By now you should have:
- read and completed all readings in “Week 3″ in Course 4 under “My Courses”
- written 3 blog posts and 3 comments
- recorded the URL of the post and comments you would like assessed as part of COETAIL on your grading spreadsheet in the Course 4 tab
- had a read through the details of the final project for Course 4
This final project is different from previous courses as it’s designed to help you start thinking about your Course 5 project. Each of the options has specific requirements that must be included so make sure you understand what they are.
Blog Posts from Round #1
I really enjoyed and appreciated reading the in-depth, honest and personal reflections of the Weeks 1-3 topics. Especially interesting was were people thought they were in relation to integrating technology – SAMR and why they thought they were there. Several of you saw the potential of where you are now as focal points for what to aim for in your Course 5 Final Project. Brilliant! I’m sure that you’ve realised that we keep referring to the Course 5 Final Project A LOT in Course 4!
A few blog posts that particularly resonated with me are:
- Laurie’s roadtrip analogy struck a chord with a few of you (judging by the comments). Getting lost and/or having breakdowns along the way is so relatable for all of us – worth a read if you haven’t already seen/read it!
- Mavis shares her new role and reflections/ponderings in her blog post, Walking a New Path. Her post highlights the somewhat cyclic nature of where we may find ourselves on the SAMR model depending on what we are doing and/or who we are doing it with.
- Tara reflected on herself using the ISTE Student Standards in Not Quite There Yet – something I’ve not seen anyone do before – also worth checking out if you haven’t seen it/read it already.
- Reading about project, problem, and challenge based learning had Pamela thinking about her Course 5 project, embracing it yet sharing her honest reservations at the same time.
The Future of Learning?
There is much to explore in this area and many different perspectives. Of course we’ve all heard about the many ways that our current school system is failing our students, and back in Course 1 we looked at some big ideas for re-imagining what school could be, This week we will explore some learning strategies that are becoming more and more popular and may have an impact on the way we think about schools. As an introduction, you might enjoy this RSA Animate: Re-Imagining Work (I think you’ll be able to make the comparison to schools quite easily):
The idea of badges is not new, but the development of digital badges, allowing verification, tracking and recognition across schools and universities has become quite a hot topic (and very polarizing). For an overview of (as they claim) everything you need to know about badges in the classroom, check this article from The Journal.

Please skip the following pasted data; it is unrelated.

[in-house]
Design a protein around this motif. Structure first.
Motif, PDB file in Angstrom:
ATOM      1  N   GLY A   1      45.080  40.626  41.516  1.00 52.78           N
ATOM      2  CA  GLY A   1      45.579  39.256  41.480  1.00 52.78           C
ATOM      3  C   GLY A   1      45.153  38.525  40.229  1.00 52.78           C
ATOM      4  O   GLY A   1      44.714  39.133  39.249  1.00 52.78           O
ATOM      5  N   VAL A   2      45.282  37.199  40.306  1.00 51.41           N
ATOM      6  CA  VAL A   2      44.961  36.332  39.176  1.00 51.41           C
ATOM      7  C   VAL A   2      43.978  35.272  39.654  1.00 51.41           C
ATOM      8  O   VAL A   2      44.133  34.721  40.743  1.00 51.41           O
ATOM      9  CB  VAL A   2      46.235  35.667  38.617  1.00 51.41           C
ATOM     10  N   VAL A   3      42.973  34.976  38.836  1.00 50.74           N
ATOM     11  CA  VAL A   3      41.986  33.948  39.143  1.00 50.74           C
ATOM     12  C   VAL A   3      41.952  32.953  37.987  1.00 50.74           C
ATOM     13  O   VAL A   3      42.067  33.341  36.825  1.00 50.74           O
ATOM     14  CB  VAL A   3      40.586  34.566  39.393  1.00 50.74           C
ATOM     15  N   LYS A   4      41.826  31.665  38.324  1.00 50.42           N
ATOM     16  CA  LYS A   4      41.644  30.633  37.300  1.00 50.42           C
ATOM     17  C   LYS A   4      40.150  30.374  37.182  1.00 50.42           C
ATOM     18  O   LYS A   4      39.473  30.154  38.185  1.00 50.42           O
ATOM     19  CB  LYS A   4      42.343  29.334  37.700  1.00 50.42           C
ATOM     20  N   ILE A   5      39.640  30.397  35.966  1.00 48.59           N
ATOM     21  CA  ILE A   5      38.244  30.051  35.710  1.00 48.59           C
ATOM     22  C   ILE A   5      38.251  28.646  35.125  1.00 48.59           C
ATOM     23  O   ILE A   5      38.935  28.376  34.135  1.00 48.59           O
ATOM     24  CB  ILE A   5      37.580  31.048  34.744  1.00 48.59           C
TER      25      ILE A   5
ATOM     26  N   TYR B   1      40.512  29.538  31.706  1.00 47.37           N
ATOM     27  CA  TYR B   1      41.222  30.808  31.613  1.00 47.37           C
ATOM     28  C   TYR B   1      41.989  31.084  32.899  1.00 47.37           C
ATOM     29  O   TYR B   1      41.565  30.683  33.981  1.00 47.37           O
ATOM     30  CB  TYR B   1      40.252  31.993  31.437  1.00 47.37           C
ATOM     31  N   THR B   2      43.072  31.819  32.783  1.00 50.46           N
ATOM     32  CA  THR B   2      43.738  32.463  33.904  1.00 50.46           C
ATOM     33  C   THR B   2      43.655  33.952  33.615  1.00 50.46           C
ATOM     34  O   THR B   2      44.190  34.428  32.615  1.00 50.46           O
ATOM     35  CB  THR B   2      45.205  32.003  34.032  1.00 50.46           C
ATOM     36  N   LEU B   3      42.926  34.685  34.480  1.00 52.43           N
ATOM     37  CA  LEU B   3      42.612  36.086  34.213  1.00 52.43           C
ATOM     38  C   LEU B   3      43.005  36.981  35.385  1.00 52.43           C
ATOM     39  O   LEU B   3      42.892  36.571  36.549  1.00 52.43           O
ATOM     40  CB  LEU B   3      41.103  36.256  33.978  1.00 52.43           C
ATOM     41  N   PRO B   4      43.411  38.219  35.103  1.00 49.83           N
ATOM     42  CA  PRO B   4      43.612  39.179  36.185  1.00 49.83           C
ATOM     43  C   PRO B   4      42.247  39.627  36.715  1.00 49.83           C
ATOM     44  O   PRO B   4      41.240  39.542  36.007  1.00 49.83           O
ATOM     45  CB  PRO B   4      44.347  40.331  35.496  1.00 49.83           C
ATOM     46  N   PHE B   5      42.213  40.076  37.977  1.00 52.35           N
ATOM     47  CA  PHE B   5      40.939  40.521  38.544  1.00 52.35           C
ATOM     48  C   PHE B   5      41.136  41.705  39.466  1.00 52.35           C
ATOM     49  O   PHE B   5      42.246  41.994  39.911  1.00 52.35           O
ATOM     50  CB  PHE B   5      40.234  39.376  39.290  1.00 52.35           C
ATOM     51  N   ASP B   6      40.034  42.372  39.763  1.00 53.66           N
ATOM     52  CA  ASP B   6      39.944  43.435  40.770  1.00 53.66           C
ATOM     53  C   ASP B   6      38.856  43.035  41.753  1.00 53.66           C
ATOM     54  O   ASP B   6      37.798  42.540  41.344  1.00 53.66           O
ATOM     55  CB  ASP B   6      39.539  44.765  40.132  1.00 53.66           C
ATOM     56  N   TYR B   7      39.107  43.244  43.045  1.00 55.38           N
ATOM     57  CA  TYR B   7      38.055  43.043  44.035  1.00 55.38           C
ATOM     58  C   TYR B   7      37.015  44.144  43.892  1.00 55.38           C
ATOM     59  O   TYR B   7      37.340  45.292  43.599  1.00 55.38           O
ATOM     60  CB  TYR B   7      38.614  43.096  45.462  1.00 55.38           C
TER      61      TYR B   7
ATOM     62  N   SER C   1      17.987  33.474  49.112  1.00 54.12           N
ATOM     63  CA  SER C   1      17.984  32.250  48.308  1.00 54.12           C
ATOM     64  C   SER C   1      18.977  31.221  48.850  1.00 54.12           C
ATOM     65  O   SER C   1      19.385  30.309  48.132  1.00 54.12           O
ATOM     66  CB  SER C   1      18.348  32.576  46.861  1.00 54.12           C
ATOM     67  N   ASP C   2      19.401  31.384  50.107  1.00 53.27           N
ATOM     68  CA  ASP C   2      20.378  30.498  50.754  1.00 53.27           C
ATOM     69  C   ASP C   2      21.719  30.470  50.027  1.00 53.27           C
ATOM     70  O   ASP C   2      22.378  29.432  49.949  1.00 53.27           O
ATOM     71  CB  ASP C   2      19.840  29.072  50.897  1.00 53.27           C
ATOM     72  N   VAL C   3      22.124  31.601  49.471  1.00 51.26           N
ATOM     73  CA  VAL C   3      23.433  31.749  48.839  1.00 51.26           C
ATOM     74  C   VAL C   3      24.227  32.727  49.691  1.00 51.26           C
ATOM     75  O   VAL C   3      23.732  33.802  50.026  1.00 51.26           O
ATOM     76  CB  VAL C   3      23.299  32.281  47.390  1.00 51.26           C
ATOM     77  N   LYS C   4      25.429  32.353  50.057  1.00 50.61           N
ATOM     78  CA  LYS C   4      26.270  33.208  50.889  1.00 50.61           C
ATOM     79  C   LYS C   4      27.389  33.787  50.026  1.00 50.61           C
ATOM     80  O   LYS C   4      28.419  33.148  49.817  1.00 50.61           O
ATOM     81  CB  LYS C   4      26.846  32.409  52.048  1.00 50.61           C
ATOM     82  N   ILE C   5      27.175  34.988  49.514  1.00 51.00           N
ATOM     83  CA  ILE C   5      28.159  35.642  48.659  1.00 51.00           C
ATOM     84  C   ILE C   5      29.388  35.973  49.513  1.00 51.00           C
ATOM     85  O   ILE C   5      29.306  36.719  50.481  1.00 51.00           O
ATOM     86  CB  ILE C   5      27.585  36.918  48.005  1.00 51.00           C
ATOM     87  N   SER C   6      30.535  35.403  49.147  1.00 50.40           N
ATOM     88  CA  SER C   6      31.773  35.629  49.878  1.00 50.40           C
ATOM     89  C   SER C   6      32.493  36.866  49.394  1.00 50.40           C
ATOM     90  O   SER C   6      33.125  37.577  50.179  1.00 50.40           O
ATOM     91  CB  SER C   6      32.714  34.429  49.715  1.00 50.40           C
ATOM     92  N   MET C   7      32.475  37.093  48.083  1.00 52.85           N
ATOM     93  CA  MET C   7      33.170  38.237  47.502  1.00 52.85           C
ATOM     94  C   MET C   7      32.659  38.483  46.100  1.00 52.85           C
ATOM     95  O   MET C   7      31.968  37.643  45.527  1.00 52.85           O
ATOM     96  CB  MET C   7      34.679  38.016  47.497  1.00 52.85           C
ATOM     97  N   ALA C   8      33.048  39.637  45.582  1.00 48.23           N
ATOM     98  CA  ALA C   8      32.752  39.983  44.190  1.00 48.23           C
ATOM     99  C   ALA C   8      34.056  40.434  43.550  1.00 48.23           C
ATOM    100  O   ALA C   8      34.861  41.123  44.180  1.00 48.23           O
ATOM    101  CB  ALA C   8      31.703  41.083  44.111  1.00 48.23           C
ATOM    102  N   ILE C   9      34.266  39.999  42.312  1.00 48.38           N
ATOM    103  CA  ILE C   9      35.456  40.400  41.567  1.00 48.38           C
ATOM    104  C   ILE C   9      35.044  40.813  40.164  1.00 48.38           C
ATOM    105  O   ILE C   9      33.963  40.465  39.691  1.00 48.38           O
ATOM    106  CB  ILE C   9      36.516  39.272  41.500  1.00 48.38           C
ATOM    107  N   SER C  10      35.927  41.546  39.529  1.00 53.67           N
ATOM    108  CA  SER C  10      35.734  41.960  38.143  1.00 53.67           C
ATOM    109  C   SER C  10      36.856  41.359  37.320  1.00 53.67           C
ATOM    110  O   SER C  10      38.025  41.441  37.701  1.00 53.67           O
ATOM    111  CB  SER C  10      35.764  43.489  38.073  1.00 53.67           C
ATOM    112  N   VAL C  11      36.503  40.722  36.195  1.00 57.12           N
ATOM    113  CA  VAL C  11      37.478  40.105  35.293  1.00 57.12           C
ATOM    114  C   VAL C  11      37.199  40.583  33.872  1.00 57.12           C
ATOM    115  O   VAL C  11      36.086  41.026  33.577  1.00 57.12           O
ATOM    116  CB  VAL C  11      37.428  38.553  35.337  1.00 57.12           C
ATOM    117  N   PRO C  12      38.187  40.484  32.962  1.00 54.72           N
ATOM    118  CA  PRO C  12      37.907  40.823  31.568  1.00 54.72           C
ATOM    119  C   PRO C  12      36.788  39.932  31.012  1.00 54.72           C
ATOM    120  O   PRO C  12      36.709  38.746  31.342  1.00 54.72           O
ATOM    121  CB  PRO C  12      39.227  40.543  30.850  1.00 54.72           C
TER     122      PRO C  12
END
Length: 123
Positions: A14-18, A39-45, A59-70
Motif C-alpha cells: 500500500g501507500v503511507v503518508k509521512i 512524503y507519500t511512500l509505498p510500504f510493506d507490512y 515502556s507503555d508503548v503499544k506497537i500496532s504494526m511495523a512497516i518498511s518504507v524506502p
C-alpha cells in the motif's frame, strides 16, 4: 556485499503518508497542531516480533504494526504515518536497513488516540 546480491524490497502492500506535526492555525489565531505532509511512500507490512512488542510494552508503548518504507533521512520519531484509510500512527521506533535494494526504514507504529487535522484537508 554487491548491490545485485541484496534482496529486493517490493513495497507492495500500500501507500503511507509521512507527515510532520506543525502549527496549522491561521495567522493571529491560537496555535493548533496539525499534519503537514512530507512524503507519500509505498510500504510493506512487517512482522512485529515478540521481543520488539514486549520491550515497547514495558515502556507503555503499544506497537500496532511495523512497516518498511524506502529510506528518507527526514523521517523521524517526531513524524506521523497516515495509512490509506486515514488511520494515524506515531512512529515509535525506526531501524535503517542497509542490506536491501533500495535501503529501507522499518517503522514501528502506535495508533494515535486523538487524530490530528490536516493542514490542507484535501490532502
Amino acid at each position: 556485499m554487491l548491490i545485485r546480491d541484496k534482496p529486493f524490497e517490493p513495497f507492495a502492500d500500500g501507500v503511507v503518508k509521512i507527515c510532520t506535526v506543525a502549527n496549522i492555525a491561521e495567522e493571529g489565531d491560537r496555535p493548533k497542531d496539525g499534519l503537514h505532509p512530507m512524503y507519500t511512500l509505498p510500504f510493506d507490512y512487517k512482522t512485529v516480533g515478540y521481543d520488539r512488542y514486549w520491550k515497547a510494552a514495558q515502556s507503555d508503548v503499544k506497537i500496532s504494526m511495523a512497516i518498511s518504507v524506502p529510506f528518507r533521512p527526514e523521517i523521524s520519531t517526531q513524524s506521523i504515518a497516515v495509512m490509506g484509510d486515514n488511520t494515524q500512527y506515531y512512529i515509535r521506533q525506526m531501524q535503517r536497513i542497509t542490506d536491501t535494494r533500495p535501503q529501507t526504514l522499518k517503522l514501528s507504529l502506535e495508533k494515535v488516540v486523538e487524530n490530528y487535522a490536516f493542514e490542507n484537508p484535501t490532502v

HASTAC also has a great introduction:
We’ve developed badges for COETAIL recently, so it will be interesting to hear your thoughts on the concept – would you put a COETAIL badge on your website?
Massively Open Online Courses – What happens when universities start “giving away” their content (taught by their professors)? What happens when students can design the perfect program of instruction from outstanding universities, without paying for anything, and receive a verified digital badge as evidence of completion? Or is this isolated learning environment doomed to failure?
Definitely check out a few of the links in the opening section of this blog post. But be warned, you can get lost for hours/days/weeks in them!
Working in international schools we know the value of understanding different cultures, and how our experience living in different countries may change our own perspectives on the world, but what if you never left your home country? The concept of connecting students to their peers in different countries, to learn, collaborate and create together is one way that teachers are helping students develop those cross-cultural skills that are often quite common in international schools. If you’re interested in starting one of these projects, you might find Kim’s posts on global collaboration helpful.
One of the most well-known examples of these kinds of projects is Flat Connections (formerly Flat Classroom Projects), managed by Julie Lindsay. Here are some student-produced globally collaborative service projects proposed:
Now that you’ve experienced the majority of the COETAIL program, hopefully you’re getting a good feel for connectivism. If you’re ready to start implementing some elements of connectivism in your classroom, here’s a great introduction to what that could look like: